While the invention has been described using an indexing apparatus that operates in a rotary fashion, it is also contemplated in a fifth exemplary embodiment that the delivery of moveable mold portions in sequence to mold stations could be carried out by linear shuttle devices (translatory motion) as shown in FIGS. 12 and 13 where the numerals 1, 2 and 3 indicate the sequential movement of a moveable mold portion B1 between mold stations 49, 50 and 52 to align with stationary mold portions A1, A2 or A3. In FIG. 13 a double shuttle arrangement may exchange mold portion A1 for A3 in mold station 49 so that a first layer followed by a third layer 14′ may be formed therein.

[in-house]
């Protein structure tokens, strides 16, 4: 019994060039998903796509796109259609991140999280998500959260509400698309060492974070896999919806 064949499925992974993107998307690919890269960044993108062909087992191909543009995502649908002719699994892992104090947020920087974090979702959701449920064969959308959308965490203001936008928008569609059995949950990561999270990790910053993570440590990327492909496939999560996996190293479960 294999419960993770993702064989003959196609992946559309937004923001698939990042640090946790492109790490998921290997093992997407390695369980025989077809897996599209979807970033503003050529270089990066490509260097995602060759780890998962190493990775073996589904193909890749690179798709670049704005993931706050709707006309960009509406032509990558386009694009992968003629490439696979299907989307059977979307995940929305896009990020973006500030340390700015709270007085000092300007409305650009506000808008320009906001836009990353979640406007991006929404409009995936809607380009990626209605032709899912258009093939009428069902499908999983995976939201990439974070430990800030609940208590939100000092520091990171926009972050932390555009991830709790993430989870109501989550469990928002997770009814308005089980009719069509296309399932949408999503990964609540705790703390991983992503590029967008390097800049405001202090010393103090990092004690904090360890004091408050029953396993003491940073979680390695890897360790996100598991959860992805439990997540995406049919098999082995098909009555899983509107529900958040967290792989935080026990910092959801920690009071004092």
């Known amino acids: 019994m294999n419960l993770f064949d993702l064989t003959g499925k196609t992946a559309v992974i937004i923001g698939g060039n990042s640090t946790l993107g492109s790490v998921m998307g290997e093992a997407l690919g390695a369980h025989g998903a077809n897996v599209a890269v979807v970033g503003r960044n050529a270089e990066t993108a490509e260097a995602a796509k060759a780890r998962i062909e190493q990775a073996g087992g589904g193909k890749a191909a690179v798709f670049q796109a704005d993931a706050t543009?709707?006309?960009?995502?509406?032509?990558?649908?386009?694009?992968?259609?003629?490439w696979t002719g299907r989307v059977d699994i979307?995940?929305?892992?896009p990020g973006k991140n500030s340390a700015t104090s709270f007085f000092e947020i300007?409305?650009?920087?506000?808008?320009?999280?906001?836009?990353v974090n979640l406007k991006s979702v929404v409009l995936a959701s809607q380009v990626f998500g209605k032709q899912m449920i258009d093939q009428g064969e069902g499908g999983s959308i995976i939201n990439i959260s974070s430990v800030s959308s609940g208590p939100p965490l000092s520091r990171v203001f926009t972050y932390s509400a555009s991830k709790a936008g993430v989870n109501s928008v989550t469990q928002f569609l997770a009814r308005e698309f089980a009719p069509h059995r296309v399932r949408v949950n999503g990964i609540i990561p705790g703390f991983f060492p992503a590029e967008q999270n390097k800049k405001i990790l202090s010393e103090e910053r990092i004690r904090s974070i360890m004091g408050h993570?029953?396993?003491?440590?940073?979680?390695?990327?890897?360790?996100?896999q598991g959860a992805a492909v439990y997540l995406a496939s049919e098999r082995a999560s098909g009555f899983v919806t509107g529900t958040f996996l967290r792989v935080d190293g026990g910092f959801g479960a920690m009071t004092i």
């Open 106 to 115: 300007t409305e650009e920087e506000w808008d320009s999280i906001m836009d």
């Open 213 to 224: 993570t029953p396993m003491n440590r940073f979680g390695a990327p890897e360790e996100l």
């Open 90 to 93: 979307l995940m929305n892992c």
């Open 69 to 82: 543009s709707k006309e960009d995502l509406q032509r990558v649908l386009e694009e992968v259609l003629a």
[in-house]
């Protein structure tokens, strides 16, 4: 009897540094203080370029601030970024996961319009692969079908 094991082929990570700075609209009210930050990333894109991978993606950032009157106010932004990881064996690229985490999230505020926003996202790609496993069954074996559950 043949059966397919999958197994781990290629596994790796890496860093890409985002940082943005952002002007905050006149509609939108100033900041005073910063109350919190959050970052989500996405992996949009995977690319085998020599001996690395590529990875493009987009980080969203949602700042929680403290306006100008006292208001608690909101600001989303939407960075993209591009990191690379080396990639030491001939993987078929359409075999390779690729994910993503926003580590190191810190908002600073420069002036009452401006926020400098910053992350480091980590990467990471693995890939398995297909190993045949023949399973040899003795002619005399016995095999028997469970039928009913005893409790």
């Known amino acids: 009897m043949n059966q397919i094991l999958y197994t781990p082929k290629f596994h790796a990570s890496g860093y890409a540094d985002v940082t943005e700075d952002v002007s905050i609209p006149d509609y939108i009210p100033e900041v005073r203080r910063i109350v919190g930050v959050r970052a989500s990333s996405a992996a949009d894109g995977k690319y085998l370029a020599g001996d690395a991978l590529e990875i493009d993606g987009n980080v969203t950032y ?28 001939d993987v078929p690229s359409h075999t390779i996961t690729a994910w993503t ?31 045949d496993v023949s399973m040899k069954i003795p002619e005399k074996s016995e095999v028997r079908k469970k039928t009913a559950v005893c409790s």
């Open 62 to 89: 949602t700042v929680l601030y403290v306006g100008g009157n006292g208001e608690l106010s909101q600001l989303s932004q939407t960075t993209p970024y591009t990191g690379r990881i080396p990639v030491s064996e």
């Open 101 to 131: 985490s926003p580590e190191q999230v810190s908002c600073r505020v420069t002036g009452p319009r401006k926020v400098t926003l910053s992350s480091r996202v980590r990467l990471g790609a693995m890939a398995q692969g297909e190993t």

FIG. 14 is a side view of a two component pet treat 10″″ illustrating the attachment of two different components 12, 14 together by an insert molding process. The two components may differ in composition by any of the aforementioned properties. Here, two components differing in color or flexibility or nutritional value, for instance, may be attached to one another using the exemplary embodiments as described above, to form a pet treat having more attractiveness for the pet. A first component 12 of a first composition may be molded and placed in a second mold cavity wherein a second composition is injected to interface at 20 with the first component 12 and form a second component 14. In order to optimize the bonding of the core with the body, the compositions may also be selected so that during injection molding, the surface of the first component may melt a sufficient amount in the presence of the molten second composition so that the materials tend to melt bond. To achieve such a result the actual melting (Tm) or softening temperature of the first composition may be controlled to be within about +/−20° C. of the melting (Tm) or flow temperature of the second composition, or vice versa. Reference to a softening temperature may be understood as applicable in that situation where the resin may not necessarily indicate a defined crystalline melting point, but nonetheless has a softening temperature that allows for the material to be injected molded.